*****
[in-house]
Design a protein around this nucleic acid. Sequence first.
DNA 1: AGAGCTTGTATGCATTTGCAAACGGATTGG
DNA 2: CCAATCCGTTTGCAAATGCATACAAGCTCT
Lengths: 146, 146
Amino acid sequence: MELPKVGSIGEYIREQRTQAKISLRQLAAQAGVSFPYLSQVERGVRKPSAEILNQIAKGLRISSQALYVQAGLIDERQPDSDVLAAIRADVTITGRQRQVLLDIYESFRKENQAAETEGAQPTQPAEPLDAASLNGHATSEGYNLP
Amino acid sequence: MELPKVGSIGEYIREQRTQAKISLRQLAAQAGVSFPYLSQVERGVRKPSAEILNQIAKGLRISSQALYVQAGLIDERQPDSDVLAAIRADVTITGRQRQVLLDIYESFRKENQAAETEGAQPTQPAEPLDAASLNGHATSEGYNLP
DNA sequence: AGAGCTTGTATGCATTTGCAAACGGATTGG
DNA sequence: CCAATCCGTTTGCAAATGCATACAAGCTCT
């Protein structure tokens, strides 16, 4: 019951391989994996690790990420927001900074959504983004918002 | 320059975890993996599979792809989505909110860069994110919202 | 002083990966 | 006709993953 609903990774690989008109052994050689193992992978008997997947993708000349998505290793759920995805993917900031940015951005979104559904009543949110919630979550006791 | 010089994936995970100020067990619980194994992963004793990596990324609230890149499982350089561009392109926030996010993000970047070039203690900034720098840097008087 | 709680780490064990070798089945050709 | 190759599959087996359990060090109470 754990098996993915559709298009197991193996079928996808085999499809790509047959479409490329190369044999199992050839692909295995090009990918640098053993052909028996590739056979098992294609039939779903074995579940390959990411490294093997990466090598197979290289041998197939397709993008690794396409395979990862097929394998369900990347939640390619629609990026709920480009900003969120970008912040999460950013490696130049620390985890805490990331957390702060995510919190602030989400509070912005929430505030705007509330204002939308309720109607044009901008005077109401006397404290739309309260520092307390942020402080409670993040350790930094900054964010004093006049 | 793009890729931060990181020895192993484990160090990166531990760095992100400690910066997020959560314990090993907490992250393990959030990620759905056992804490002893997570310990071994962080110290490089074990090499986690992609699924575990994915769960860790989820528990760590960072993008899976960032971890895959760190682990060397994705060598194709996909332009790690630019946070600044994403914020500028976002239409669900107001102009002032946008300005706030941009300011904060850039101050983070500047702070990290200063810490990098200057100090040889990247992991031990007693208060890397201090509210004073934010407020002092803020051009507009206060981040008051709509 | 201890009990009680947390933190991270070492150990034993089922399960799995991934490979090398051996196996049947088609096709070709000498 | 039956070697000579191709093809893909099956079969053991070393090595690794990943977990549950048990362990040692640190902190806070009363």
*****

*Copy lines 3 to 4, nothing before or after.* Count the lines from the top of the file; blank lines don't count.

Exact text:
DNA 1: AGAGCTTGTATGCATTTGCAAACGGATTGG
DNA 2: CCAATCCGTTTGCAAATGCATACAAGCTCT